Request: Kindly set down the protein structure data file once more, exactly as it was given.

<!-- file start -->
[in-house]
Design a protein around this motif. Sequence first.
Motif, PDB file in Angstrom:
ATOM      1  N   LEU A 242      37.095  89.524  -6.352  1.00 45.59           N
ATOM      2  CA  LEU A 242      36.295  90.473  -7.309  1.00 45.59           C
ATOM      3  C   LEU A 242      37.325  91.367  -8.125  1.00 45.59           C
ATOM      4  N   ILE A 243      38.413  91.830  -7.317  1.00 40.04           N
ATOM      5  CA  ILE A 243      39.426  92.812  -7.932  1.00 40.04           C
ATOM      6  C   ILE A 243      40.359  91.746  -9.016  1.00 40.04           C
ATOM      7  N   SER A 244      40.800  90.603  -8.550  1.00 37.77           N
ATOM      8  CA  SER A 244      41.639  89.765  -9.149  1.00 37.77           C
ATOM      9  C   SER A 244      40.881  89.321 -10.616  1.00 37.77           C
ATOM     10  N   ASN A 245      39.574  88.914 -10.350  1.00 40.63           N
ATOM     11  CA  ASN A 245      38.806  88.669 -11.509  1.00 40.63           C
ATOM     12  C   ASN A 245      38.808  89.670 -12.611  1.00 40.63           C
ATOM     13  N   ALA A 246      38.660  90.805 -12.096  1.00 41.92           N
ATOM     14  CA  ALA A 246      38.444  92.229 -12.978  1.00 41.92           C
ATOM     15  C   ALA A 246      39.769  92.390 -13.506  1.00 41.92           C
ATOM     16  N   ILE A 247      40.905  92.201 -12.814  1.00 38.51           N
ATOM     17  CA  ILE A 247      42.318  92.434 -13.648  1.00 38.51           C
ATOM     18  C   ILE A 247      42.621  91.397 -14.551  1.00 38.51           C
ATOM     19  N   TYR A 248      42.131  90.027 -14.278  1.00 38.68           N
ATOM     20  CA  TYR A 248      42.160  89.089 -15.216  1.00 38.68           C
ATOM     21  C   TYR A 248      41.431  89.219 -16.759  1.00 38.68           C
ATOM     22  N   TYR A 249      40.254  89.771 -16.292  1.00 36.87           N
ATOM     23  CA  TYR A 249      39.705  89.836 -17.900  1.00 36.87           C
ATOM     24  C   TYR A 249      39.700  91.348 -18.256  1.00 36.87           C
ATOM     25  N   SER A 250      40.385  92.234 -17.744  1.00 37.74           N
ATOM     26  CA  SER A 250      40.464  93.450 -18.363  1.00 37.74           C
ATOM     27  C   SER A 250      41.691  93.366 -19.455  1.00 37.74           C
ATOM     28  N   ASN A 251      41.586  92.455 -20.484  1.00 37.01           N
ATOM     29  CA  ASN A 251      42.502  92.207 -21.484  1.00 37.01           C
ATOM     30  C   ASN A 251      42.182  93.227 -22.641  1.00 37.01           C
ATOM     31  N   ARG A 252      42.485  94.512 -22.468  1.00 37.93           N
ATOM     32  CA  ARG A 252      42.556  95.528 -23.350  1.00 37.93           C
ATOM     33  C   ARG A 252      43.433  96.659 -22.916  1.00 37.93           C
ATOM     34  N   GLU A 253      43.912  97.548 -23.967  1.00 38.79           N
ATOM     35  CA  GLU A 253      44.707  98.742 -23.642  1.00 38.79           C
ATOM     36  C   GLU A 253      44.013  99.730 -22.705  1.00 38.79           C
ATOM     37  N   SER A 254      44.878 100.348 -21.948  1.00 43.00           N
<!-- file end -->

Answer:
[in-house]
Design a protein around this motif. Sequence first.
Motif, PDB file in Angstrom:
ATOM      1  N   LEU A 242      37.095  89.524  -6.352  1.00 45.59           N
ATOM      2  CA  LEU A 242      36.295  90.473  -7.309  1.00 45.59           C
ATOM      3  C   LEU A 242      37.325  91.367  -8.125  1.00 45.59           C
ATOM      4  N   ILE A 243      38.413  91.830  -7.317  1.00 40.04           N
ATOM      5  CA  ILE A 243      39.426  92.812  -7.932  1.00 40.04           C
ATOM      6  C   ILE A 243      40.359  91.746  -9.016  1.00 40.04           C
ATOM      7  N   SER A 244      40.800  90.603  -8.550  1.00 37.77           N
ATOM      8  CA  SER A 244      41.639  89.765  -9.149  1.00 37.77           C
ATOM      9  C   SER A 244      40.881  89.321 -10.616  1.00 37.77           C
ATOM     10  N   ASN A 245      39.574  88.914 -10.350  1.00 40.63           N
ATOM     11  CA  ASN A 245      38.806  88.669 -11.509  1.00 40.63           C
ATOM     12  C   ASN A 245      38.808  89.670 -12.611  1.00 40.63           C
ATOM     13  N   ALA A 246      38.660  90.805 -12.096  1.00 41.92           N
ATOM     14  CA  ALA A 246      38.444  92.229 -12.978  1.00 41.92           C
ATOM     15  C   ALA A 246      39.769  92.390 -13.506  1.00 41.92           C
ATOM     16  N   ILE A 247      40.905  92.201 -12.814  1.00 38.51           N
ATOM     17  CA  ILE A 247      42.318  92.434 -13.648  1.00 38.51           C
ATOM     18  C   ILE A 247      42.621  91.397 -14.551  1.00 38.51           C
ATOM     19  N   TYR A 248      42.131  90.027 -14.278  1.00 38.68           N
ATOM     20  CA  TYR A 248      42.160  89.089 -15.216  1.00 38.68           C
ATOM     21  C   TYR A 248      41.431  89.219 -16.759  1.00 38.68           C
ATOM     22  N   TYR A 249      40.254  89.771 -16.292  1.00 36.87           N
ATOM     23  CA  TYR A 249      39.705  89.836 -17.900  1.00 36.87           C
ATOM     24  C   TYR A 249      39.700  91.348 -18.256  1.00 36.87           C
ATOM     25  N   SER A 250      40.385  92.234 -17.744  1.00 37.74           N
ATOM     26  CA  SER A 250      40.464  93.450 -18.363  1.00 37.74           C
ATOM     27  C   SER A 250      41.691  93.366 -19.455  1.00 37.74           C
ATOM     28  N   ASN A 251      41.586  92.455 -20.484  1.00 37.01           N
ATOM     29  CA  ASN A 251      42.502  92.207 -21.484  1.00 37.01           C
ATOM     30  C   ASN A 251      42.182  93.227 -22.641  1.00 37.01           C
ATOM     31  N   ARG A 252      42.485  94.512 -22.468  1.00 37.93           N
ATOM     32  CA  ARG A 252      42.556  95.528 -23.350  1.00 37.93           C
ATOM     33  C   ARG A 252      43.433  96.659 -22.916  1.00 37.93           C
ATOM     34  N   GLU A 253      43.912  97.548 -23.967  1.00 38.79           N
ATOM     35  CA  GLU A 253      44.707  98.742 -23.642  1.00 38.79           C
ATOM     36  C   GLU A 253      44.013  99.730 -22.705  1.00 38.79           C
ATOM     37  N   SER A 254      44.878 100.348 -21.948  1.00 43.00           N